News: Kentucky and Indiana soldiers cross from desert to the sea
Story by Maj. Randall Stillinger
Story by Maj. Randy Stillinger
36th Combat Aviation Brigade Public Affairs
CAMP BUEHRING, Kuwait – As winter weather appears on the horizon in the United States, the blowing sand of the Kuwaiti desert continues to challenge its Army Aviators.
Since their arrival in Kuwait, Charlie Company, 2-238th General Support Aviation Battalion has endured harsh conditions that few Americans will ever experience.
These Army National Guard soldiers from Indiana and Kentucky, and their UH-60 Black Hawk helicopters, are deployed with the 36th Combat Aviation Brigade (CAB) to the Middle East in support of Operation Enduring Freedom. Their mission is to provide Medical Evacuation (MEDEVAC) capabilities to the region and build partnerships with countries that will further long-term stability in and around the Arabian Gulf.
For the deployment Charlie Company was actually split into two “phases” with both groups serving nine-month tours, one after another. The company swapped out in September.
Charlie Company actually has a front row seat for what may be the future of Army Aviation operations in the post-Iraq/Afghanistan era as they venture out over the water. Once used as a stepping stone for units headed north into Iraq, Camp Buehring is their home base for operations and training missions across the region.
A significant key to regional security is the free flow of maritime traffic in the Arabian Gulf. Of particular importance is the Strait of Hormuz between the United Arab Emirates and Iran, which is crucial to the export of oil to the world market.
Working over the water and embarking on ships is a new skill for most Army Aviators, but these soldiers have risen to the challenge. Maritime missions for Black Hawk helicopters include Combat Search and Rescue (CSAR), Medical Evacuation, the transfer of personnel and logistics support to U.S. ships in the area. These overwater missions require Army Aviators to add challenging tasks and extensive knowledge to an already long list of training requirements.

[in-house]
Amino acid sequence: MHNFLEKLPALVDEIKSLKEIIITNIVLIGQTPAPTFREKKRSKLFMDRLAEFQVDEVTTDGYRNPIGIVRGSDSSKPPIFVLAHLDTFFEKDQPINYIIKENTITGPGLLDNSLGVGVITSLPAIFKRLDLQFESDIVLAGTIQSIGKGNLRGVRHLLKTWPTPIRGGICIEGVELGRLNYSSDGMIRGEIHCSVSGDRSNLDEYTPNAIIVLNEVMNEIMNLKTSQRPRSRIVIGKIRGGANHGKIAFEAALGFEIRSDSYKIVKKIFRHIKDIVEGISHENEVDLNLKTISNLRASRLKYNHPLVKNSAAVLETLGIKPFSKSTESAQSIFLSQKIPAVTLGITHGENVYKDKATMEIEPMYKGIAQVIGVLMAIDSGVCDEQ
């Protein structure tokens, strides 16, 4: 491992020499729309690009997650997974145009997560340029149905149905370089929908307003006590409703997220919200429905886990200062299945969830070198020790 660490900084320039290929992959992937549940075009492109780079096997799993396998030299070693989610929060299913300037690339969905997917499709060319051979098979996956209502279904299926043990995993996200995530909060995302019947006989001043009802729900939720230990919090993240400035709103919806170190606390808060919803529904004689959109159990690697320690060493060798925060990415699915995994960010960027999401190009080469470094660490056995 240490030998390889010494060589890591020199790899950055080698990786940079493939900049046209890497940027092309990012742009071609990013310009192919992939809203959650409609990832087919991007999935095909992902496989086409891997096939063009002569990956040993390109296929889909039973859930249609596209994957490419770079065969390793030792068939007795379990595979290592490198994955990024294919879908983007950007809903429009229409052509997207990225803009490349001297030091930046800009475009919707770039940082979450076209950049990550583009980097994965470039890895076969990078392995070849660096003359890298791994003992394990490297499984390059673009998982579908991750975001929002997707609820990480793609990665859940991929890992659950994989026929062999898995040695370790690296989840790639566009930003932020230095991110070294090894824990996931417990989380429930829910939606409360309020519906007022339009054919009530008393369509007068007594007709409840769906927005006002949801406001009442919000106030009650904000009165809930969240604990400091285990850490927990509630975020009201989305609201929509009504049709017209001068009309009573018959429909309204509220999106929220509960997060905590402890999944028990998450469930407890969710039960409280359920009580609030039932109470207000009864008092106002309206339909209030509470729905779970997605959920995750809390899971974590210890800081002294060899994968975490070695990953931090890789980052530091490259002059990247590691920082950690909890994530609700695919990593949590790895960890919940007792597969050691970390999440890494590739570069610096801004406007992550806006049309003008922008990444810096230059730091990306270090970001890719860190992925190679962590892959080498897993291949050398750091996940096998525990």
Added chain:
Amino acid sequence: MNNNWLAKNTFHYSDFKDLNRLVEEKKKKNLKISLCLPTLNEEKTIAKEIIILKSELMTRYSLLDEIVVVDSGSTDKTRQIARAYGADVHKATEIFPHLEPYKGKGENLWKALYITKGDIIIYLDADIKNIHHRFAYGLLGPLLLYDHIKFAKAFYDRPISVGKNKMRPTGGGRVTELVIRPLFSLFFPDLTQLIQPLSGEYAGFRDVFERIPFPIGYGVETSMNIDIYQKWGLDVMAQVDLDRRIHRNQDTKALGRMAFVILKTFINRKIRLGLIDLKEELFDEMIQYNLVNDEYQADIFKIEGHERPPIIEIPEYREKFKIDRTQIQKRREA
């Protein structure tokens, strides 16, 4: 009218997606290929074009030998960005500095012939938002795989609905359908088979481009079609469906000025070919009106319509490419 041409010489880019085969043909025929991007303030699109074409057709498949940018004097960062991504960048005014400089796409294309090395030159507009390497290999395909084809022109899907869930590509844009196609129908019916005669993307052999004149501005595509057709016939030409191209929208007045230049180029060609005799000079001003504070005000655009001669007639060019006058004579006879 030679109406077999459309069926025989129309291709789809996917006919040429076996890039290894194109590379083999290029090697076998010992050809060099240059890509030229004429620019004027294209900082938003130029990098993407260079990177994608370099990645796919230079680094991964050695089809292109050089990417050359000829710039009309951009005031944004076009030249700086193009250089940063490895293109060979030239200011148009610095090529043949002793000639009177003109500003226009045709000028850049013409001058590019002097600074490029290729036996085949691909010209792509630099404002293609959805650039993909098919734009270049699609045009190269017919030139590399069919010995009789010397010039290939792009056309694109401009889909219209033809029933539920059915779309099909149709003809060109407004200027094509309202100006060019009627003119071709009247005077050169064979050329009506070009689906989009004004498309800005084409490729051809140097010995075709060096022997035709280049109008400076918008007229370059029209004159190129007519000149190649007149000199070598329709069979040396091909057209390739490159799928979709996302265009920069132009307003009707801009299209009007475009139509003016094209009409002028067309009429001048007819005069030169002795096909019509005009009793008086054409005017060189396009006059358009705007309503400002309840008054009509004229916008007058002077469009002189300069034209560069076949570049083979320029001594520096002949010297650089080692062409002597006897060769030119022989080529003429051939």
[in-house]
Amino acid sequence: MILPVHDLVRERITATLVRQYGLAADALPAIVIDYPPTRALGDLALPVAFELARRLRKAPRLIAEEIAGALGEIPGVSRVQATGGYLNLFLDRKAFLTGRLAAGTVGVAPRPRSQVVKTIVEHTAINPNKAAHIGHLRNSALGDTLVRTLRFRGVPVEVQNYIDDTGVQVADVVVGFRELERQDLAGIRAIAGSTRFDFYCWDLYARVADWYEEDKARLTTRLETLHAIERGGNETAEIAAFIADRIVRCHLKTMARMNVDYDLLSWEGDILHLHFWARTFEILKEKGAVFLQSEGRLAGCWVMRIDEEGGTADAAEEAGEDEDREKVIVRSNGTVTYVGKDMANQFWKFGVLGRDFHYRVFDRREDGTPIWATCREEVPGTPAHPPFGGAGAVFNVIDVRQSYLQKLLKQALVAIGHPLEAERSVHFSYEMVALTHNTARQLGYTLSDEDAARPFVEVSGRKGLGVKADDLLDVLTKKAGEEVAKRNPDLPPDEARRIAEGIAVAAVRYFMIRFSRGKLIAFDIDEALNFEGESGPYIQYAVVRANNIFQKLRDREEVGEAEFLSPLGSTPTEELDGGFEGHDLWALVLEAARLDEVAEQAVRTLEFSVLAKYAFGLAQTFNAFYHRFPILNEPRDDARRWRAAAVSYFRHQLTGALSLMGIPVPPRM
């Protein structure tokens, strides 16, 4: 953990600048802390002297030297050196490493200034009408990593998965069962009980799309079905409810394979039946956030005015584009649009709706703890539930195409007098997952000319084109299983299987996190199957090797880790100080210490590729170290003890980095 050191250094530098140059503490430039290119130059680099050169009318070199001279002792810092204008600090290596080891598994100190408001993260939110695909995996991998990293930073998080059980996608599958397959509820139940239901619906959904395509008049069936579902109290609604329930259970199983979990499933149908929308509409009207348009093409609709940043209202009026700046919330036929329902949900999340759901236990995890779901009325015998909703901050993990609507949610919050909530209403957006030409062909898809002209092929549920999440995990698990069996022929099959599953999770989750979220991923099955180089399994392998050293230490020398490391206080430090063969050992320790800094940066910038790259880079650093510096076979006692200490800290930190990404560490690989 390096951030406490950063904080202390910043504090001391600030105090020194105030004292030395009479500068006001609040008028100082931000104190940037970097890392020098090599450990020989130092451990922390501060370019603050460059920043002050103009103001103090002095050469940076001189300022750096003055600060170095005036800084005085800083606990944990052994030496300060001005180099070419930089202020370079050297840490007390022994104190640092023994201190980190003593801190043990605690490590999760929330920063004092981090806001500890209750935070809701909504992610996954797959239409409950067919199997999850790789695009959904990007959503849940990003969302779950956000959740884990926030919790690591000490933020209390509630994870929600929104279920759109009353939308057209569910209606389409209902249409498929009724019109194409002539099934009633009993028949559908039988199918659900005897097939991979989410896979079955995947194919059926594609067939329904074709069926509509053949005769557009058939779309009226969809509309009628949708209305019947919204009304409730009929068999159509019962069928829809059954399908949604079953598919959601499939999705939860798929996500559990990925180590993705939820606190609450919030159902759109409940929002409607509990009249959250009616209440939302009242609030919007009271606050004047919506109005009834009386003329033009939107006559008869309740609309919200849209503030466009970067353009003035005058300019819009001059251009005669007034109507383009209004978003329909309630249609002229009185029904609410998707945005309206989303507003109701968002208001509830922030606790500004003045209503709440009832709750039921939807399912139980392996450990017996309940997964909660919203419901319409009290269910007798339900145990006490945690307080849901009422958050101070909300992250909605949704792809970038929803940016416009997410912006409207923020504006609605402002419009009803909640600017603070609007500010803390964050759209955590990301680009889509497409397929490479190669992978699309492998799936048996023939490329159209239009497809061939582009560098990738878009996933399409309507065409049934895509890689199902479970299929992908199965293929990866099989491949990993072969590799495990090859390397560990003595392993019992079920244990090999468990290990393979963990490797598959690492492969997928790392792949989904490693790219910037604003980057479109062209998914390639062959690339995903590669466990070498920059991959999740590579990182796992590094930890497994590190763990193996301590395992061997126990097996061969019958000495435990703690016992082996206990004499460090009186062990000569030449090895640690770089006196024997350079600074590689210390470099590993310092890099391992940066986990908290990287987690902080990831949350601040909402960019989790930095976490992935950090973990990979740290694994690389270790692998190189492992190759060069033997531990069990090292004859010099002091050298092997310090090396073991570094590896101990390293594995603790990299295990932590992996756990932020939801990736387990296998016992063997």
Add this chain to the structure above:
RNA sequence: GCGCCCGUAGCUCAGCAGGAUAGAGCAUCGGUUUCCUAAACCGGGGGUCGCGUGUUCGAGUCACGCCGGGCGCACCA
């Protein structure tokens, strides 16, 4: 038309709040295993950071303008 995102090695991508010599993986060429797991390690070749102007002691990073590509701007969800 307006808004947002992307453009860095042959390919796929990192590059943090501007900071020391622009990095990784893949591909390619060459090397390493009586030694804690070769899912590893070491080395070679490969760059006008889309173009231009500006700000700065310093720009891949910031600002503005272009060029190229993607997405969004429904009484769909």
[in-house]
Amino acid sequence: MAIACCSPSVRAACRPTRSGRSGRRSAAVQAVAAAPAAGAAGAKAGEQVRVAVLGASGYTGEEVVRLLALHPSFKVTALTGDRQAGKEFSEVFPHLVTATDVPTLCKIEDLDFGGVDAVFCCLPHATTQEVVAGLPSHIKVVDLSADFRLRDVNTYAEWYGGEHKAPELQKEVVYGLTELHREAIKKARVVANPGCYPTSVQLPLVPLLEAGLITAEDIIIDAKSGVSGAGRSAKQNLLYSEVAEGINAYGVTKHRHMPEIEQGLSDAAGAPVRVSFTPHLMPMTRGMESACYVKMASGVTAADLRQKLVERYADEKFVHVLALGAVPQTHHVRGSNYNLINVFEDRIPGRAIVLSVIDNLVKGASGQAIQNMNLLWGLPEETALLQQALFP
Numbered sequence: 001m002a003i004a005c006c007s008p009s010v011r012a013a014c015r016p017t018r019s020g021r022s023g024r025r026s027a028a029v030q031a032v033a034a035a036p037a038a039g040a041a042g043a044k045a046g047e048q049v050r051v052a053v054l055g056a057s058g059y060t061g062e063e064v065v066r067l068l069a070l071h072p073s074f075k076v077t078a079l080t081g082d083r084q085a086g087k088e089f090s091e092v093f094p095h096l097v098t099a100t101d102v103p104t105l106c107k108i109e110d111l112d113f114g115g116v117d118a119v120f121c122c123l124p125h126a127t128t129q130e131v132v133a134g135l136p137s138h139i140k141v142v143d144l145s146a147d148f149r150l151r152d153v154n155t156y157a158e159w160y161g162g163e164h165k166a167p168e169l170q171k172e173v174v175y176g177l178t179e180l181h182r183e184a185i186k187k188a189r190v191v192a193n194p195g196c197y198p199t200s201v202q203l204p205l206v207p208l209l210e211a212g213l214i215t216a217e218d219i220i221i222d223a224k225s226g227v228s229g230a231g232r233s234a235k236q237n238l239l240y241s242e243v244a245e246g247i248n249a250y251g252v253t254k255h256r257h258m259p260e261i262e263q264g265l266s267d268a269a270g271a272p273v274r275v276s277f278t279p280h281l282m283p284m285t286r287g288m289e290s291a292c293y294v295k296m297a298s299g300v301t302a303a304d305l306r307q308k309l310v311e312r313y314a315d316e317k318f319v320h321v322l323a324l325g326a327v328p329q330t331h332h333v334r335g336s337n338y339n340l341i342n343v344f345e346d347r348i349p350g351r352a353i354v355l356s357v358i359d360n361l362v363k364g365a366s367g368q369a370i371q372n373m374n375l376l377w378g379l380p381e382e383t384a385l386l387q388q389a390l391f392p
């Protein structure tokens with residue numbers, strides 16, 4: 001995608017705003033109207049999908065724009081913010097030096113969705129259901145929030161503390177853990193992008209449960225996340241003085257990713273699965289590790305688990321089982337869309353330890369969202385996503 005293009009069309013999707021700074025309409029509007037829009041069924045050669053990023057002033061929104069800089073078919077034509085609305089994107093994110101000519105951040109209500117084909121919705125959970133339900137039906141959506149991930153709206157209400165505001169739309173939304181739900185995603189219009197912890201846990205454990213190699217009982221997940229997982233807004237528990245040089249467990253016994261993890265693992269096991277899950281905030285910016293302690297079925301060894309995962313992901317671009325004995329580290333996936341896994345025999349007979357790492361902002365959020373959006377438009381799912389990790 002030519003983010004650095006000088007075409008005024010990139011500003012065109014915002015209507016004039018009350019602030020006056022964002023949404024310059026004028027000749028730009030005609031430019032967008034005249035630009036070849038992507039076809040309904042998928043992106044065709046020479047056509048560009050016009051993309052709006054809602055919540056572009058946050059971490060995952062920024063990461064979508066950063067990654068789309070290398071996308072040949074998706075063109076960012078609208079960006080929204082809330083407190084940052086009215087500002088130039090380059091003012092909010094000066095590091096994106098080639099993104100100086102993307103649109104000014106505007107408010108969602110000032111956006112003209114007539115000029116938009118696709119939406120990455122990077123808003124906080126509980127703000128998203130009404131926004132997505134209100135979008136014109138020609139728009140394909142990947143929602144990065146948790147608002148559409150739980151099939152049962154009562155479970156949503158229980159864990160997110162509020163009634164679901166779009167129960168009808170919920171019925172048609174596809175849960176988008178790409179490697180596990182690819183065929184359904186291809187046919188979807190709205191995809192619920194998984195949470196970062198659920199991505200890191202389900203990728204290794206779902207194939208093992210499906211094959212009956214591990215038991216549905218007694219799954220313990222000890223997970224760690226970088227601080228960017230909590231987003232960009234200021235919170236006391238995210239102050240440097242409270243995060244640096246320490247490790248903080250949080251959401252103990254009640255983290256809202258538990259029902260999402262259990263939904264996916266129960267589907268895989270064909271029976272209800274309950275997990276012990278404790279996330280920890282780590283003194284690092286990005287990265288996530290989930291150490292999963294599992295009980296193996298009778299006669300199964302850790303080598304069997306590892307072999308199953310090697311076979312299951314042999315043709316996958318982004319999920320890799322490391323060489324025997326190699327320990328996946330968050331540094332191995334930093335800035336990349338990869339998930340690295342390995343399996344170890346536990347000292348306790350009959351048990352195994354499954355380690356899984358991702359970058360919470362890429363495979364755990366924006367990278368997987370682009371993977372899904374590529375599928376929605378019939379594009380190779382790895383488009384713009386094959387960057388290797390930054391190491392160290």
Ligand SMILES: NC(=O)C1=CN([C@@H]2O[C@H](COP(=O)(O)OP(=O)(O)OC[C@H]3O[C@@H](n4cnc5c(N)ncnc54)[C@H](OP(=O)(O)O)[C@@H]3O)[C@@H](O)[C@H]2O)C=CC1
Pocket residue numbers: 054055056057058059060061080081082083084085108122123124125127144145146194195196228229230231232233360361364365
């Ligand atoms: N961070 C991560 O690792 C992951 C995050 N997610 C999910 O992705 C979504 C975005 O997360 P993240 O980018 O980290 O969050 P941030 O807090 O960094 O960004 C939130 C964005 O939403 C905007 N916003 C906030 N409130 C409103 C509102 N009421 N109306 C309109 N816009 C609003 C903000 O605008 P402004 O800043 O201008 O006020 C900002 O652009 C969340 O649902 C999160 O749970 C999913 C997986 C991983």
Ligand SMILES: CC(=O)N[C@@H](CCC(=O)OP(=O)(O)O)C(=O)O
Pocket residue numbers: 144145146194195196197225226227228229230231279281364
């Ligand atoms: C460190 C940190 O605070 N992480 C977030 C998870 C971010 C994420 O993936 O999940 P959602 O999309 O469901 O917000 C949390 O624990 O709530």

Maj. Bryon Blohm, who commanded Phase 1, said, "The personnel recovery mission executed by MEDEVAC is a unique opportunity to leverage existing assets in this theater to meet today's joint operational environment."
Although utilizing the helicopter’s ability to hoist patients from the ground into the aircraft is common for these aviators, a recent training event challenged even the most experienced MEDEVAC pilots. The training included flying out into the Persian Gulf off the coast of Kuwait to a U.S. Army cargo transport ship.
A Flight Medic was then lowered from the hovering helicopter onto the cargo deck of U.S. Army Vessel (USAV) SP/4 James A. Loux (LSV-6). A simulated “patient” was then loaded into a rescue basket and then hoisted into the waiting aircraft for the flight back to a hospital on land.
Overwater hoisting mission is normally carried out by Coast Guard or Naval aviators so this type of training for the Army is somewhat uncommon. Capt. Scott Oden, the Company Commander for Phase 2, said that to his knowledge this has never been done before by Army soldiers from Kentucky or Indiana.
Oden, of Indianapolis, said, “We’re here to develop the training, the Tactics, Techniques, and Procedures (TTP) so we can go back and continue to train our crew members to be able to respond in a moment’s notice from anywhere in Kuwait.”
The soldiers are also working with the Kuwaiti Air Force and other multi-national partners in the region to strengthen their ties, execute joint training events, and learn best practices from each other to provide long-term stability.
The 1-189th General Support Aviation Battalion from Montana serves as the company’s higher headquarters for this deployment. Lt. Col. Jamie Wilkins, who serves as the battalion’s commander, said that he’s very proud of everything that the MEDEVAC company has done since they’ve arrived and is impressed with their initiative to take on new and challenging training.
Oden also appreciates all the support that they’ve received from home since they left.
“We know that you have a very difficult job maintaining the home front as well as sacrificing your time,” Oden said. “It does not go unnoticed. We’re very appreciative of it and we’re looking forward to seeing you.”
The second half of the company will return home to their respective bases in Shelbyville, Ind., and Frankfort, Ky., in the spring of 2014.
Date Posted:11.12.2013 11:16
Location:USAFRICOM, AT SEA
Hometown:FRANKFORT, KY, US
Hometown:INDIANAPOLIS, IN, US
Hometown:KELLER, TX, US
Hometown:MORGANS POINT RESORT, TX, US
Hometown:SHELBYVILLE, IN, US